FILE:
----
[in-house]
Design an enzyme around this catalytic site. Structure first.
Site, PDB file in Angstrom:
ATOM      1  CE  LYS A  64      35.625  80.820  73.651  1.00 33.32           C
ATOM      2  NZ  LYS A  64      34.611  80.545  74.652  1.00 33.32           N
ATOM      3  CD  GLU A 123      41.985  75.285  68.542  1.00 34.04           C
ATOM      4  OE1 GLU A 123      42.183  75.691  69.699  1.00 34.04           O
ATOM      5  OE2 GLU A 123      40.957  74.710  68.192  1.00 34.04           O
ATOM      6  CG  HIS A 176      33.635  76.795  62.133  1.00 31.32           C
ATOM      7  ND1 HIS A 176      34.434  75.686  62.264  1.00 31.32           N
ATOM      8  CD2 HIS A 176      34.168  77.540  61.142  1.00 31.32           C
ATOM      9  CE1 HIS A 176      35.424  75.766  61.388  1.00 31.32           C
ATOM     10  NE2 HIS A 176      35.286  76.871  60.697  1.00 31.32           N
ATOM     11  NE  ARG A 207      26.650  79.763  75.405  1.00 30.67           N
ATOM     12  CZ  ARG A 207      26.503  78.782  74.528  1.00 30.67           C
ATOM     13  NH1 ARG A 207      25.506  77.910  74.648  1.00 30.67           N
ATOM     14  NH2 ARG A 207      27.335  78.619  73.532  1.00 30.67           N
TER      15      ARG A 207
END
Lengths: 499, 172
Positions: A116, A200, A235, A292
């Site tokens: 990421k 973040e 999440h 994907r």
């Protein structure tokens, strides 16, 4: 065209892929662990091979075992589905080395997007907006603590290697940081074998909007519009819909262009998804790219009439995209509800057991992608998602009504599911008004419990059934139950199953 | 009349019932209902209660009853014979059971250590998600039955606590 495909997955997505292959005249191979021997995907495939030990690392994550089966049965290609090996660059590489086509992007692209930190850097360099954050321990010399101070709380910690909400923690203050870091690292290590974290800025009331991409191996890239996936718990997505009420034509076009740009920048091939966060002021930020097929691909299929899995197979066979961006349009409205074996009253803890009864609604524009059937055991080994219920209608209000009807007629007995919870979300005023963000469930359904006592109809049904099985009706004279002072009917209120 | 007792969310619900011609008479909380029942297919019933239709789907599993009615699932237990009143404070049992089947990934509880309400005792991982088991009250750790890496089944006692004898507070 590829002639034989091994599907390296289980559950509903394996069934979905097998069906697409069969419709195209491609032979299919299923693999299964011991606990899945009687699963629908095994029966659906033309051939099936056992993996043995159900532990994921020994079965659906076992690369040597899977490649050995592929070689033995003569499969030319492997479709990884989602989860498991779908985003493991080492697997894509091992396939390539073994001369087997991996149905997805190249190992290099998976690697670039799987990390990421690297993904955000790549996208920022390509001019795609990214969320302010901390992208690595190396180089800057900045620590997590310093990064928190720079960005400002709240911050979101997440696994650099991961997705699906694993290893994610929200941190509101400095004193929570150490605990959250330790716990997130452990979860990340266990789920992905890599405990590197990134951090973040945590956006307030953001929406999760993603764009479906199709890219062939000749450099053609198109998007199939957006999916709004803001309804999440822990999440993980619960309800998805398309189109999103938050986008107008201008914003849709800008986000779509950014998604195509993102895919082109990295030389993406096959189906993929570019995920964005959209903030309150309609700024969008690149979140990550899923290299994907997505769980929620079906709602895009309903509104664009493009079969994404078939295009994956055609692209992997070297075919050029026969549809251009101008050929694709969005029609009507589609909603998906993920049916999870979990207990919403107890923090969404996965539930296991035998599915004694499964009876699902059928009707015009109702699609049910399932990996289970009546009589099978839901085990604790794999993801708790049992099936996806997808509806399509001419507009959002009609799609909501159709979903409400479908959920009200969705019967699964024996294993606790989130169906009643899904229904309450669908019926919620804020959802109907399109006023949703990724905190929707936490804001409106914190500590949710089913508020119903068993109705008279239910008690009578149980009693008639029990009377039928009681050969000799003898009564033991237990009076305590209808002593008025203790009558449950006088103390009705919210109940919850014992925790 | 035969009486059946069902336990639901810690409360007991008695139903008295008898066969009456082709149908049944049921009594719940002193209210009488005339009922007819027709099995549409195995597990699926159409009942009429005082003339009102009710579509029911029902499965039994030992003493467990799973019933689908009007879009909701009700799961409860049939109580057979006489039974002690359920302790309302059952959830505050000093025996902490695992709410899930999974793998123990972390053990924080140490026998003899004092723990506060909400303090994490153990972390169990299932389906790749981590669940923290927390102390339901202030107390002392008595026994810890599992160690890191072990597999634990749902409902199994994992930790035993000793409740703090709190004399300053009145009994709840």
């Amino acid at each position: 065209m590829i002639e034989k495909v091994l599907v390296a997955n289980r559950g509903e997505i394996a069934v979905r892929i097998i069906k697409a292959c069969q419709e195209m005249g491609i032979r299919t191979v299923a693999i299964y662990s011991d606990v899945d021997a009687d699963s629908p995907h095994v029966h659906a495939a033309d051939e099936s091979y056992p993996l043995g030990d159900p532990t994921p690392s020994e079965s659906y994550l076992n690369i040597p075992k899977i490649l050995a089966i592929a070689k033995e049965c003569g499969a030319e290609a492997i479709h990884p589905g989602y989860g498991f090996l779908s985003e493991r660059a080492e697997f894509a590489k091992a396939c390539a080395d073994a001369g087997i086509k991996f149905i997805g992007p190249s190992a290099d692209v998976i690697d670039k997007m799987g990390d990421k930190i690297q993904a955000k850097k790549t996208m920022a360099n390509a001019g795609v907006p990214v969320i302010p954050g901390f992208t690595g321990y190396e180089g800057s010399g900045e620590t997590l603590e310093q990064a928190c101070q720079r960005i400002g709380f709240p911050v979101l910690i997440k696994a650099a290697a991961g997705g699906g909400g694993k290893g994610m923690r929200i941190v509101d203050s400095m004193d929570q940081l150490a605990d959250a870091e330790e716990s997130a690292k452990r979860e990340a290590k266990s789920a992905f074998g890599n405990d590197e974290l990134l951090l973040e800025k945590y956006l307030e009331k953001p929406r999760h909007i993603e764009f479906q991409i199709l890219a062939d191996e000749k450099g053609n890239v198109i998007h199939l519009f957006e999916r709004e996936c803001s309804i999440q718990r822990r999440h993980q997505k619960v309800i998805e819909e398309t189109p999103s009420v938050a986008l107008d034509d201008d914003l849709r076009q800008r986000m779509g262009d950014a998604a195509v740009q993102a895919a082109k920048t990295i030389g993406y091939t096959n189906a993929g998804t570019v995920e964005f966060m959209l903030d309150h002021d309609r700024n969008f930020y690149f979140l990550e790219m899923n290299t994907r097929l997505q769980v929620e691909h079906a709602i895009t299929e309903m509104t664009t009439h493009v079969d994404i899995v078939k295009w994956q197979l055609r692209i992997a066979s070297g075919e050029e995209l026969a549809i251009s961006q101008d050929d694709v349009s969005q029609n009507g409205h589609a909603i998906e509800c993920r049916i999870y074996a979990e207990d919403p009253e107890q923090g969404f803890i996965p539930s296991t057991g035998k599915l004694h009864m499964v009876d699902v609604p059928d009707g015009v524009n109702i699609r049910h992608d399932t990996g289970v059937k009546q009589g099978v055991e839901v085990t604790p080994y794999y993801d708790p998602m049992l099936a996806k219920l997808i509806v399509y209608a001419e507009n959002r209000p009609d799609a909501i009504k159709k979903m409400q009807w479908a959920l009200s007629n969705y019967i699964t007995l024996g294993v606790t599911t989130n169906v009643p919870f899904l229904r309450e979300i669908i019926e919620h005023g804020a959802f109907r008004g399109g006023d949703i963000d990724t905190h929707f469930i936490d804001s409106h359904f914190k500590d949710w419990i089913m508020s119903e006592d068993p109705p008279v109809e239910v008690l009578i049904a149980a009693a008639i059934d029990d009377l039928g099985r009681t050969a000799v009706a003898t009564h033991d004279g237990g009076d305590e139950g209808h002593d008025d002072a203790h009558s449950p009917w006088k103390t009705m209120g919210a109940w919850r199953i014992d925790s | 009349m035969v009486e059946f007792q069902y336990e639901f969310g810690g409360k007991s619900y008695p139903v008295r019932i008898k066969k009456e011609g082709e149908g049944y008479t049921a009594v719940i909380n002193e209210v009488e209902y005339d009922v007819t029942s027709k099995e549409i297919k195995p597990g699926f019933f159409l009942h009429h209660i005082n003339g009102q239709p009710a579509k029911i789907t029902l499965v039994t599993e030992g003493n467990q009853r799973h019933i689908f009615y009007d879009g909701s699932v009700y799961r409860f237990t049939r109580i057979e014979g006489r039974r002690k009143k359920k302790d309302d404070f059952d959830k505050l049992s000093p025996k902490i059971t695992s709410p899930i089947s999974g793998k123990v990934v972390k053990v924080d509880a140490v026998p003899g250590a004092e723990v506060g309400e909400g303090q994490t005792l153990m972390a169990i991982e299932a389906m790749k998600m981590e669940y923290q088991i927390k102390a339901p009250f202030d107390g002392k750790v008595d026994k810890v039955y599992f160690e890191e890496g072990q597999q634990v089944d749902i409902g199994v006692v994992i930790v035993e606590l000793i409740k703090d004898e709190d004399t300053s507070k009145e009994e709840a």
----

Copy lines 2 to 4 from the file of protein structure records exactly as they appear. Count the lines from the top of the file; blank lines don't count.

Design an enzyme around this catalytic site. Structure first.
Site, PDB file in Angstrom:
ATOM      1  CE  LYS A  64      35.625  80.820  73.651  1.00 33.32           C